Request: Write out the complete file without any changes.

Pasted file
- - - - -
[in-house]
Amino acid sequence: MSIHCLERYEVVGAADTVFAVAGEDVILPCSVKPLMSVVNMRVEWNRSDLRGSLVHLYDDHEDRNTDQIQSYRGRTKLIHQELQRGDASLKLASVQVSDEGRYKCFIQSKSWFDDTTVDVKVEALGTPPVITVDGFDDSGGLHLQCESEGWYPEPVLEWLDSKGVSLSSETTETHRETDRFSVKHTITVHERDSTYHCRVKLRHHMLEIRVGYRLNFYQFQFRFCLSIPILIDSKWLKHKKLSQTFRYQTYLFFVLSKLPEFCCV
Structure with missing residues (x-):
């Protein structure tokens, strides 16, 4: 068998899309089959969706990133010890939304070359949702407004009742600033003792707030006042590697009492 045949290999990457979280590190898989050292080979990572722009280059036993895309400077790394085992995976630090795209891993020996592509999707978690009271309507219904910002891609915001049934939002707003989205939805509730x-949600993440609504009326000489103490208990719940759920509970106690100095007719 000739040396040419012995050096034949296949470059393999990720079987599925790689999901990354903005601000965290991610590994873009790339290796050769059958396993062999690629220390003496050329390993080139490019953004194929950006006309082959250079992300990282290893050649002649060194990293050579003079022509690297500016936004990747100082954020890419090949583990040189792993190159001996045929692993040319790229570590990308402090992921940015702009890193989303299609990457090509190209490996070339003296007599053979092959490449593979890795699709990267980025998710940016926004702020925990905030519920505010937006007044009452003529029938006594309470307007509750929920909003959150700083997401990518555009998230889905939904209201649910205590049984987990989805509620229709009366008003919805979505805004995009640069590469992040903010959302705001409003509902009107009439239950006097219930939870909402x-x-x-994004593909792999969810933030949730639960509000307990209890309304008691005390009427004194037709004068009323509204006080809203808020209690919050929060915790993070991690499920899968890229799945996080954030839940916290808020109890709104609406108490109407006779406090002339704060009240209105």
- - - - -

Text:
[in-house]
Amino acid sequence: MSIHCLERYEVVGAADTVFAVAGEDVILPCSVKPLMSVVNMRVEWNRSDLRGSLVHLYDDHEDRNTDQIQSYRGRTKLIHQELQRGDASLKLASVQVSDEGRYKCFIQSKSWFDDTTVDVKVEALGTPPVITVDGFDDSGGLHLQCESEGWYPEPVLEWLDSKGVSLSSETTETHRETDRFSVKHTITVHERDSTYHCRVKLRHHMLEIRVGYRLNFYQFQFRFCLSIPILIDSKWLKHKKLSQTFRYQTYLFFVLSKLPEFCCV
Structure with missing residues (x-):
């Protein structure tokens, strides 16, 4: 068998899309089959969706990133010890939304070359949702407004009742600033003792707030006042590697009492 045949290999990457979280590190898989050292080979990572722009280059036993895309400077790394085992995976630090795209891993020996592509999707978690009271309507219904910002891609915001049934939002707003989205939805509730x-949600993440609504009326000489103490208990719940759920509970106690100095007719 000739040396040419012995050096034949296949470059393999990720079987599925790689999901990354903005601000965290991610590994873009790339290796050769059958396993062999690629220390003496050329390993080139490019953004194929950006006309082959250079992300990282290893050649002649060194990293050579003079022509690297500016936004990747100082954020890419090949583990040189792993190159001996045929692993040319790229570590990308402090992921940015702009890193989303299609990457090509190209490996070339003296007599053979092959490449593979890795699709990267980025998710940016926004702020925990905030519920505010937006007044009452003529029938006594309470307007509750929920909003959150700083997401990518555009998230889905939904209201649910205590049984987990989805509620229709009366008003919805979505805004995009640069590469992040903010959302705001409003509902009107009439239950006097219930939870909402x-x-x-994004593909792999969810933030949730639960509000307990209890309304008691005390009427004194037709004068009323509204006080809203808020209690919050929060915790993070991690499920899968890229799945996080954030839940916290808020109890709104609406108490109407006779406090002339704060009240209105």